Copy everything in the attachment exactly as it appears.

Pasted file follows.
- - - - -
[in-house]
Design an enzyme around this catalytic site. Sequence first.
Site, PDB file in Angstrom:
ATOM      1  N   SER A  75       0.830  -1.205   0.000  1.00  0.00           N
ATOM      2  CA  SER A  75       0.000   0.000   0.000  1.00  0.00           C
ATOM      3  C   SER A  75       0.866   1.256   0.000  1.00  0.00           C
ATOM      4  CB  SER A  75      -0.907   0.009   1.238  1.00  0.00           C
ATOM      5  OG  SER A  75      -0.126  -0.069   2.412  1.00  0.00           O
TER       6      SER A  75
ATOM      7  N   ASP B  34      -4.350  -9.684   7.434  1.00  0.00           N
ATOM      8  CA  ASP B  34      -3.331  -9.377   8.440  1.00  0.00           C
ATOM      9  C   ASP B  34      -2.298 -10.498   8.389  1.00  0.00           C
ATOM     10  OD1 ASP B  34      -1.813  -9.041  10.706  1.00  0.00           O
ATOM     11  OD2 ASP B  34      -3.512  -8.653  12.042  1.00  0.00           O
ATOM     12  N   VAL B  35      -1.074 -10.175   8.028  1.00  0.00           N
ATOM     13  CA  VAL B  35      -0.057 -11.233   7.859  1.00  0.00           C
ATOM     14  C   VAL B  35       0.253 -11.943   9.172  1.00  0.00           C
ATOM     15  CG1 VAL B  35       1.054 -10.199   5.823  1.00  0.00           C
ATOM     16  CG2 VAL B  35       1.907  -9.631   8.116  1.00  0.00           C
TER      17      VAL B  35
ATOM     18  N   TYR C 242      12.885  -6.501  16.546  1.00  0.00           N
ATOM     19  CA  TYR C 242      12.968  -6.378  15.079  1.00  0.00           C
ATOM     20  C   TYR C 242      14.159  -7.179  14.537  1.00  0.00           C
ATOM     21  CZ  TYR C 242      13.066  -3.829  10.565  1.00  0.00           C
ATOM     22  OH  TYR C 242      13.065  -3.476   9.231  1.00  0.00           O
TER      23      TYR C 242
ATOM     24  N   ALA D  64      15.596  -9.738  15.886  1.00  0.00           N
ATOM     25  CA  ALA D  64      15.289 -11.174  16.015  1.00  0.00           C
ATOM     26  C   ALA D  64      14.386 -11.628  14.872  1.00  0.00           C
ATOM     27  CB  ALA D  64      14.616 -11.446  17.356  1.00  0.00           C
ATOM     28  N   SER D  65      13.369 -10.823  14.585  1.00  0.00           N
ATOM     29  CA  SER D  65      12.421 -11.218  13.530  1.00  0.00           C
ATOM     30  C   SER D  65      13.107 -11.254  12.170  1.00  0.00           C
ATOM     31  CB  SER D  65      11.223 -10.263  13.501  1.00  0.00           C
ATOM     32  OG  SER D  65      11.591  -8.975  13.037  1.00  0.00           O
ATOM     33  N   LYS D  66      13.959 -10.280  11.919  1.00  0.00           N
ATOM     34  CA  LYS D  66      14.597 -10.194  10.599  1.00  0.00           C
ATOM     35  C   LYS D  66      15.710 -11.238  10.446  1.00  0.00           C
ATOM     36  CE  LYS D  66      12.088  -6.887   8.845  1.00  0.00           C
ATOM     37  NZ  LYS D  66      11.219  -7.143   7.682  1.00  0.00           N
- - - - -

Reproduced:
[in-house]
Design an enzyme around this catalytic site. Sequence first.
Site, PDB file in Angstrom:
ATOM      1  N   SER A  75       0.830  -1.205   0.000  1.00  0.00           N
ATOM      2  CA  SER A  75       0.000   0.000   0.000  1.00  0.00           C
ATOM      3  C   SER A  75       0.866   1.256   0.000  1.00  0.00           C
ATOM      4  CB  SER A  75      -0.907   0.009   1.238  1.00  0.00           C
ATOM      5  OG  SER A  75      -0.126  -0.069   2.412  1.00  0.00           O
TER       6      SER A  75
ATOM      7  N   ASP B  34      -4.350  -9.684   7.434  1.00  0.00           N
ATOM      8  CA  ASP B  34      -3.331  -9.377   8.440  1.00  0.00           C
ATOM      9  C   ASP B  34      -2.298 -10.498   8.389  1.00  0.00           C
ATOM     10  OD1 ASP B  34      -1.813  -9.041  10.706  1.00  0.00           O
ATOM     11  OD2 ASP B  34      -3.512  -8.653  12.042  1.00  0.00           O
ATOM     12  N   VAL B  35      -1.074 -10.175   8.028  1.00  0.00           N
ATOM     13  CA  VAL B  35      -0.057 -11.233   7.859  1.00  0.00           C
ATOM     14  C   VAL B  35       0.253 -11.943   9.172  1.00  0.00           C
ATOM     15  CG1 VAL B  35       1.054 -10.199   5.823  1.00  0.00           C
ATOM     16  CG2 VAL B  35       1.907  -9.631   8.116  1.00  0.00           C
TER      17      VAL B  35
ATOM     18  N   TYR C 242      12.885  -6.501  16.546  1.00  0.00           N
ATOM     19  CA  TYR C 242      12.968  -6.378  15.079  1.00  0.00           C
ATOM     20  C   TYR C 242      14.159  -7.179  14.537  1.00  0.00           C
ATOM     21  CZ  TYR C 242      13.066  -3.829  10.565  1.00  0.00           C
ATOM     22  OH  TYR C 242      13.065  -3.476   9.231  1.00  0.00           O
TER      23      TYR C 242
ATOM     24  N   ALA D  64      15.596  -9.738  15.886  1.00  0.00           N
ATOM     25  CA  ALA D  64      15.289 -11.174  16.015  1.00  0.00           C
ATOM     26  C   ALA D  64      14.386 -11.628  14.872  1.00  0.00           C
ATOM     27  CB  ALA D  64      14.616 -11.446  17.356  1.00  0.00           C
ATOM     28  N   SER D  65      13.369 -10.823  14.585  1.00  0.00           N
ATOM     29  CA  SER D  65      12.421 -11.218  13.530  1.00  0.00           C
ATOM     30  C   SER D  65      13.107 -11.254  12.170  1.00  0.00           C
ATOM     31  CB  SER D  65      11.223 -10.263  13.501  1.00  0.00           C
ATOM     32  OG  SER D  65      11.591  -8.975  13.037  1.00  0.00           O
ATOM     33  N   LYS D  66      13.959 -10.280  11.919  1.00  0.00           N
ATOM     34  CA  LYS D  66      14.597 -10.194  10.599  1.00  0.00           C
ATOM     35  C   LYS D  66      15.710 -11.238  10.446  1.00  0.00           C
ATOM     36  CE  LYS D  66      12.088  -6.887   8.845  1.00  0.00           C
ATOM     37  NZ  LYS D  66      11.219  -7.143   7.682  1.00  0.00           N